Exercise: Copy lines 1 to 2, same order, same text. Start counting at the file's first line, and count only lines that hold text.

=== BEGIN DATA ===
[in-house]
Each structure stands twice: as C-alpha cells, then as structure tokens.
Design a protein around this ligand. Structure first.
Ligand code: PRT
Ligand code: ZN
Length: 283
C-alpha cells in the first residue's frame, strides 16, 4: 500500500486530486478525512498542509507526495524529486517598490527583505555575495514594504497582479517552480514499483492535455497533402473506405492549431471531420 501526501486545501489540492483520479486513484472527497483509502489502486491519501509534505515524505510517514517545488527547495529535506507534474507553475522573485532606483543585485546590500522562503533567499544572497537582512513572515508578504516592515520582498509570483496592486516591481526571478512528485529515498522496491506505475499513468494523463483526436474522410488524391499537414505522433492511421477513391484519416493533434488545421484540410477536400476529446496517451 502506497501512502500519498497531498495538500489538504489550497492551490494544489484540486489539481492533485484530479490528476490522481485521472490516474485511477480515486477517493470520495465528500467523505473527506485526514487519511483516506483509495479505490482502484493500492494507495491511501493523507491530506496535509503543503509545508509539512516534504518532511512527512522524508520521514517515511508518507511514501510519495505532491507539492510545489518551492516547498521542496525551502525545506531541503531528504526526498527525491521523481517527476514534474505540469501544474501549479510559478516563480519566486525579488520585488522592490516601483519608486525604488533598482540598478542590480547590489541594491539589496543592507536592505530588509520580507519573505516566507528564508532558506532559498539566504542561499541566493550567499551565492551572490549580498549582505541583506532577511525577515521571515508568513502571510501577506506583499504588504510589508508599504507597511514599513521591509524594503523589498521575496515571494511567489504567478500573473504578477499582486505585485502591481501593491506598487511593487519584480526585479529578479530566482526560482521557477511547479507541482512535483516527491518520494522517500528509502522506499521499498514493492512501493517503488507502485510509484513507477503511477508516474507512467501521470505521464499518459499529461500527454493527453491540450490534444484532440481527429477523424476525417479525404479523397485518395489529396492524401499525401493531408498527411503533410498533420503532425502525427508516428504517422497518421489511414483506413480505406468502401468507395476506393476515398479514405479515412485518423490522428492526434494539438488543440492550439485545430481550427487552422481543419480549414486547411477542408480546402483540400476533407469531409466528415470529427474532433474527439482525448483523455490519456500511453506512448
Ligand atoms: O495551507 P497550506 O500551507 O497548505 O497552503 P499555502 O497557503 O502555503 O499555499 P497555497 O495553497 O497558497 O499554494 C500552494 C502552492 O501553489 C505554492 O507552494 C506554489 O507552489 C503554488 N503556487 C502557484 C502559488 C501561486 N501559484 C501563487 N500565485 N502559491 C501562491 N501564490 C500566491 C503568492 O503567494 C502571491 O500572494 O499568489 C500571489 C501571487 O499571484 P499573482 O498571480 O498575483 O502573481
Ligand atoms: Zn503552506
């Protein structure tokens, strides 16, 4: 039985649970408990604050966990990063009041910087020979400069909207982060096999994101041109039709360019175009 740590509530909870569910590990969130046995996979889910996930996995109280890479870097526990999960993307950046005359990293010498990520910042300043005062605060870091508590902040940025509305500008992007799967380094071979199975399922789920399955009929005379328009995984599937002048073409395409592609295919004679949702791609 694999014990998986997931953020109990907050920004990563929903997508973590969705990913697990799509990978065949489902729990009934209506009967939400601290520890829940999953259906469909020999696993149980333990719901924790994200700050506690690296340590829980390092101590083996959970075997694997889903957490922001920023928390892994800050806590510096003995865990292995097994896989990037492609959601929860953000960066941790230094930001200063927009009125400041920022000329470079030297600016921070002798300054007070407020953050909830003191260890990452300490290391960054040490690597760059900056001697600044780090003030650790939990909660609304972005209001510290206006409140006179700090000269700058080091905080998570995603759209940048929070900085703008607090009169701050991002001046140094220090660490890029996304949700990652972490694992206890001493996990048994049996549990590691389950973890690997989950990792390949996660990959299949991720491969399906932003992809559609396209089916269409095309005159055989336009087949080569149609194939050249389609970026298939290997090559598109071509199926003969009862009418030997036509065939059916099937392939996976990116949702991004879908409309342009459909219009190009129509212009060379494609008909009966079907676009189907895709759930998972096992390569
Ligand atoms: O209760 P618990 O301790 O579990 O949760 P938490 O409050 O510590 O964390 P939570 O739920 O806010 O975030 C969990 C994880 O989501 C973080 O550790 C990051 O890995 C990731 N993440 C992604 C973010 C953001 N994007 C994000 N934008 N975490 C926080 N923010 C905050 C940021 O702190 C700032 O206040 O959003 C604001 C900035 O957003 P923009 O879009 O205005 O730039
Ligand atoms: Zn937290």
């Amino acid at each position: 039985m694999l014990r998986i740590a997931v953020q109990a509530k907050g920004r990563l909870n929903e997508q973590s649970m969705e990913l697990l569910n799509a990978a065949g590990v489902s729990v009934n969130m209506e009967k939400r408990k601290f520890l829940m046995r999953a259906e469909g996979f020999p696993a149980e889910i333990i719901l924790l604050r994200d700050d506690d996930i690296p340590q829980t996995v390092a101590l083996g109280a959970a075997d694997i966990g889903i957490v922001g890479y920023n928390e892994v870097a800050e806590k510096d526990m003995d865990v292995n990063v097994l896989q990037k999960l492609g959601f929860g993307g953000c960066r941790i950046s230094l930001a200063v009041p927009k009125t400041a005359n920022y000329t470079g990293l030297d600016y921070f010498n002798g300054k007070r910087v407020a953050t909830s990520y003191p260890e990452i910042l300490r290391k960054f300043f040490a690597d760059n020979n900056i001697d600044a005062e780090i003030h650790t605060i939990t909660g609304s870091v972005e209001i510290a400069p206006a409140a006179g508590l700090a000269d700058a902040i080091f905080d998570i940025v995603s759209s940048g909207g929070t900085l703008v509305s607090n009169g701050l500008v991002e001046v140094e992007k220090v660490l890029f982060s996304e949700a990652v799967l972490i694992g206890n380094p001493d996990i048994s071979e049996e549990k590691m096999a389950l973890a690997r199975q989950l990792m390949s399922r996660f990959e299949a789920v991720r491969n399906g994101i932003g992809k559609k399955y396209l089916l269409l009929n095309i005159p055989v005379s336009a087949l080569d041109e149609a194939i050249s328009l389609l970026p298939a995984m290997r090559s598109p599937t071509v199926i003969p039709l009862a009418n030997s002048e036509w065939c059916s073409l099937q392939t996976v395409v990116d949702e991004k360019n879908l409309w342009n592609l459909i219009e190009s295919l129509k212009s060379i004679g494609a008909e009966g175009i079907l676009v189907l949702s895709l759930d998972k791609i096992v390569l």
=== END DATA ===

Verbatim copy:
[in-house]
Each structure stands twice: as C-alpha cells, then as structure tokens.